The creator of the "mini series" play U R ★ talks about the origins of art, audiences and creative influences.
By Jake Stepansky '17
Kenny Finkle’s show U R ★ (pronounced “You are star”) melds together graphic novels, immersive theater, indie rock music and wine to create an experience that is truly unlike any other. At least any other I’ve experienced. Here’s a brief, if inadequate, description: Audiences of five are led to a cozy apartment, where they chat with Finkle, sip wine and flip through an enormous graphic novel in time with a pulsing, electronic score. Lights dim and swirl in time with the music. Sometimes the room is plunged into darkness or an eerie ocean blue.
It’s lots of fun, but the real accomplishment of U R ★, part of a year-long “mini series” for small audiences at American Repertory Theater, is that it creates a new way of experiencing story and theater. Though casual conversation and debriefing are built into U R ★, I knew immediately that I wanted to unpack the experience with Finkle. We met to talk at a restaurant near the apartment building that will house U R ★ until November 6. I wanted to know how Finkle captured, constructed and composed this intimate masterpiece. An edited version of our exchange follows.
How did education influenced you as an artist?
I grew up in Miami and went to a performing-arts high school. I went to NYU to be an actor – to the Experimental Theatre Wing – but I had always made my own stuff outside of auditioning for and being in plays. I wanted to make shows that my friends and I could be in, so we stopped auditioning for the mainstage shows and just made our own stuff. I thought I might want to be a director, so I spent some time assisting Moises Kaufman. Later while I was at a theater in Philadelphia, I met a set designer who was older than me, and I fell in love with him. He convinced me that I should follow my heart and do what I wanted to do – and that was writing. I went to Columbia for graduate work, and studied with Romulus Linney, who changed my life as a writer. And then I started to make plays.
How did you get from there to creating U R ★?
I started to realize that I wasn’t enjoying working in big spaces, so I stopped for a while and wondered why I was making theater, and out of that came U R ★. When I was at the Experimental Theatre Wing, my mentor there – Stephen Wangh – had a theory about theater and creating that was based in daring to fail and having opportunities to have a great failure. I realized that I wasn’t taking big enough risks, which is also why I made U R ★. I
One of the most exciting things about U R ★ is that you basically created a new medium for understanding theater. Where did that come from?
During the show, there’s a part where I close all the curtains, and last night one of the curtains fell – literally crashed down – but everyone was so immersed in the books that they didn’t notice it. I love doing this. It’s so much fun because it feels like you’ve all come to my childhood bedroom and I’m just playacting with you guys. That’s honestly where it came from. I used to record songs on a little Casio tape recorder. I don’t know where the songs came from. I wasn’t a trained musician at all. Afterward I would draw pictures to try to describe the world of the song. Then I would share them with my family or my next-door neighbor, to varying degrees of success and interest. But it was sort of just this thing that I did. When I was in an artistic crisis, I was watching a lot of documentaries about visual artists and became interested in the idea of taking two things and putting them together to make a third thing that is new. U R ★ is the third thing. I wanted to have something that was a kinesthetic experience for the audience: You had to touch it, smell it (if you wanted to), get residue of the pages on your hands, work and move forward. It all just came together.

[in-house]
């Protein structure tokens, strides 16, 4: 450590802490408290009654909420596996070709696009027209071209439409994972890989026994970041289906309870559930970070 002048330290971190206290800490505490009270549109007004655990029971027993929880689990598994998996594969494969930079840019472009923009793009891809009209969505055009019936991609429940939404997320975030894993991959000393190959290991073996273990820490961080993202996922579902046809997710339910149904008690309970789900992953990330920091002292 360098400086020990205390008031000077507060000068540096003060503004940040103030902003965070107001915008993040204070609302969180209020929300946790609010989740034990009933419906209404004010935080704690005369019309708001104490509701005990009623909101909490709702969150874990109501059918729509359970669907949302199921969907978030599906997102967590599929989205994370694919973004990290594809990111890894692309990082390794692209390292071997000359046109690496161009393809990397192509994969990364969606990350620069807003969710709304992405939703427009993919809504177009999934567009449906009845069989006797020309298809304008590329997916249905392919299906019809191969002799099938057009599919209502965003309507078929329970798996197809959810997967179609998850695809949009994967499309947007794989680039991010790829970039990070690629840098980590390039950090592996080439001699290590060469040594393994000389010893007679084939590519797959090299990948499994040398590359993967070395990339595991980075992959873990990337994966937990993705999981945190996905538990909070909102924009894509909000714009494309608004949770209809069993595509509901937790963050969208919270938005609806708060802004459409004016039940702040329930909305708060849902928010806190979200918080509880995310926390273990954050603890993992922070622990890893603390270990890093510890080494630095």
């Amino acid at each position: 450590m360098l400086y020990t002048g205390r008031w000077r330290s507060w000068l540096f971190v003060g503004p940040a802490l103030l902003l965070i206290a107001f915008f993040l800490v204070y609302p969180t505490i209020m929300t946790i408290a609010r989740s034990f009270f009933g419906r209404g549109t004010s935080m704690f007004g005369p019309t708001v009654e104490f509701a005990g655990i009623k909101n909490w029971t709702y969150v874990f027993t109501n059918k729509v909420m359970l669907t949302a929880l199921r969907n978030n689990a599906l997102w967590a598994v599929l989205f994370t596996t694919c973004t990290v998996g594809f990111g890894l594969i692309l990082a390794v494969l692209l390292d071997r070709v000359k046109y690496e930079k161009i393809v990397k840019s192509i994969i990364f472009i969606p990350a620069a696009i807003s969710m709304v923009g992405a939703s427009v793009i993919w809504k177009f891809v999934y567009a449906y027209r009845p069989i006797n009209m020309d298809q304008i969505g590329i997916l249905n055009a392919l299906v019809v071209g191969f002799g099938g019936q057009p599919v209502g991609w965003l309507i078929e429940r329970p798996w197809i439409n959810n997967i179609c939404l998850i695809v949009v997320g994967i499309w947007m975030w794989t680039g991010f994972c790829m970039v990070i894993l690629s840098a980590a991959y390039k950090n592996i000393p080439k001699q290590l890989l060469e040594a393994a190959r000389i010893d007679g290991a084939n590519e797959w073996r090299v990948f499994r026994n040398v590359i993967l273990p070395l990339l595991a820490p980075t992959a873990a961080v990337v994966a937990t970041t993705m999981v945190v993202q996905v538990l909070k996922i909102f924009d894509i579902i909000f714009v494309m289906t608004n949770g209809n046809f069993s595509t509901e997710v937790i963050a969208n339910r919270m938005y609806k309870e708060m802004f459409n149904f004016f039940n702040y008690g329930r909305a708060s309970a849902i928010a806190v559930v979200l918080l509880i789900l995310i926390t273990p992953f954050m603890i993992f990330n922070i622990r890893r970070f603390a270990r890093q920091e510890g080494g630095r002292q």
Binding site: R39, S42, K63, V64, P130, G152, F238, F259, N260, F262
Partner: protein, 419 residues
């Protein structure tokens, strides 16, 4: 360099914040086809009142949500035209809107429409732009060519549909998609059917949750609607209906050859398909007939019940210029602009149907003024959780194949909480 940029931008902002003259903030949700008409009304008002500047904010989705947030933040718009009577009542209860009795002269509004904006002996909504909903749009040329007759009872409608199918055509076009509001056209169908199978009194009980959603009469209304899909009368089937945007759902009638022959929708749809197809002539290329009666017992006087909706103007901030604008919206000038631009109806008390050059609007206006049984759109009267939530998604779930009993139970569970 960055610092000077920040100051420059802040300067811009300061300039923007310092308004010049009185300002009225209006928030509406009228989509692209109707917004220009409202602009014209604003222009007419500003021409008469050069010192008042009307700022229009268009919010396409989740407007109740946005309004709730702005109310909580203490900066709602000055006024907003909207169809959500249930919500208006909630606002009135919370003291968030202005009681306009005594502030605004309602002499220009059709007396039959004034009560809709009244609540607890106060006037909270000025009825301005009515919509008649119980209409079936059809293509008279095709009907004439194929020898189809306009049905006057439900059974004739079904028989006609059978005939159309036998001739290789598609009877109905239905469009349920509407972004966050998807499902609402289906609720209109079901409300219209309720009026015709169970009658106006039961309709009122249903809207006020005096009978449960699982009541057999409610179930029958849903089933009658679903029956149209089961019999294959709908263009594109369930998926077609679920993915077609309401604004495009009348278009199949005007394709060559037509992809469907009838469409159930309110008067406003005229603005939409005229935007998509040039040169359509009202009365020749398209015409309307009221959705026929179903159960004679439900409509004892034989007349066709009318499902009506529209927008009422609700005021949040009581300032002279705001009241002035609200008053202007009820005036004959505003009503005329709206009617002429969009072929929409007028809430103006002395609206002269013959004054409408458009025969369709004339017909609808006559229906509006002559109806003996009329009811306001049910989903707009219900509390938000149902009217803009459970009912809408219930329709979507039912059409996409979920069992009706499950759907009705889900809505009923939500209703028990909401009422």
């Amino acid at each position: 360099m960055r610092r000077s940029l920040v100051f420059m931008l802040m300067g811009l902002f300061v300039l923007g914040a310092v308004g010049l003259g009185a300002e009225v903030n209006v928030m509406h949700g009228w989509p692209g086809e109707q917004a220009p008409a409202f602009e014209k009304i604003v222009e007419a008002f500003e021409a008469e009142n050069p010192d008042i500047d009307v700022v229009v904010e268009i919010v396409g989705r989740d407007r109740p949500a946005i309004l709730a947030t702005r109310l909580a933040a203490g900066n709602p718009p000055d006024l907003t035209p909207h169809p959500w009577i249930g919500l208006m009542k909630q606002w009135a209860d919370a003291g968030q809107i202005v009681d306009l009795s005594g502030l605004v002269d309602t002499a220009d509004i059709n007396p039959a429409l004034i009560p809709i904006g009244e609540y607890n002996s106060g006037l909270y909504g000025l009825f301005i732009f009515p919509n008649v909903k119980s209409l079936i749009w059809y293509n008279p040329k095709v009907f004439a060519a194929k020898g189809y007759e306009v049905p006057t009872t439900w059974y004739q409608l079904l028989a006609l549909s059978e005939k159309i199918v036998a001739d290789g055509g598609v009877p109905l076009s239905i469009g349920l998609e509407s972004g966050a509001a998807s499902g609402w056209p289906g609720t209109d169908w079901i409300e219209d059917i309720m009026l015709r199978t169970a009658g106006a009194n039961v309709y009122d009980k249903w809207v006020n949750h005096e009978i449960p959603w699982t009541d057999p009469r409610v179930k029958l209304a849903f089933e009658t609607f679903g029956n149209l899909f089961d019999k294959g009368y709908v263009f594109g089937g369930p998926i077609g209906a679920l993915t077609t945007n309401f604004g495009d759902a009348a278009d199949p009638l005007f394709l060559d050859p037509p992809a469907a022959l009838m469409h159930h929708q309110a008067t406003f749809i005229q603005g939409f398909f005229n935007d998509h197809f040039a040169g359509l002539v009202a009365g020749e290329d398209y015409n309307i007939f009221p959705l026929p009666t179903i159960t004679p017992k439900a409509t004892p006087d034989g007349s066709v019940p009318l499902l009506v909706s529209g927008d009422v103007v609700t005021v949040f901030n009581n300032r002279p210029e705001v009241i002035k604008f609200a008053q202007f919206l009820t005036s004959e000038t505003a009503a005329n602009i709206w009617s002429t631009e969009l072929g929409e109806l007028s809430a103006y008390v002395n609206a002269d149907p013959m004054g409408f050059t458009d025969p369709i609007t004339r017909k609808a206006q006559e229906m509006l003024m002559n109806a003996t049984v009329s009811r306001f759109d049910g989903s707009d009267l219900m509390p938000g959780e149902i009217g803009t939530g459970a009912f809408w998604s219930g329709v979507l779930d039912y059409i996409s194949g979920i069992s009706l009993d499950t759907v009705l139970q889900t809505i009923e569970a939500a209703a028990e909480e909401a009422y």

The books used in the performance are imperfect. For example, drawings from earlier iterations of the book are still visible on back pages. Why is this?
I had been making these “well-made” plays. While I was developing them, they were completely joyous experiences and beautiful, and anyone I would share them with would walk away enchanted and thrilled by the work I was making. That was usually when it was rough and messy, and I hadn’t put everything into its box in the way that I thought a well-made play should look. Then we’d get into rehearsal and all the magic would disappear, and by the time it got to the stage, it was just a play. I thought: How can I capture the magic of the process and retain it for the audience, so they can feel closer to what I feel while I’m making it, which is total joy and excitement and possibility, and, in doing so, let go of the idea of perfect or clean or smooth? The best and most beautiful parts of me are my flaws. The more that I can embrace those and embrace those in the work, the more beautiful it is.
What advice do you have for students looking to pursue careers in the arts?
Always trust your instincts even if your instincts are opposite to everything else around you. At the end of the day, you have to live with the choices you make in your art and your life, and if you do the thing that somebody else tells you is right, and it doesn’t work out (or even if it does), you won’t have full ownership over it, and you’ll always have someone else to blame. If you follow your heart and make a mistake, then it’s your mistake and you can own it and usually it’s fairly easy to correct or to accept. Also, I tell my writers, figure out what you need to say and how you can say it in a way that no one else can say it. And then be really nice to people.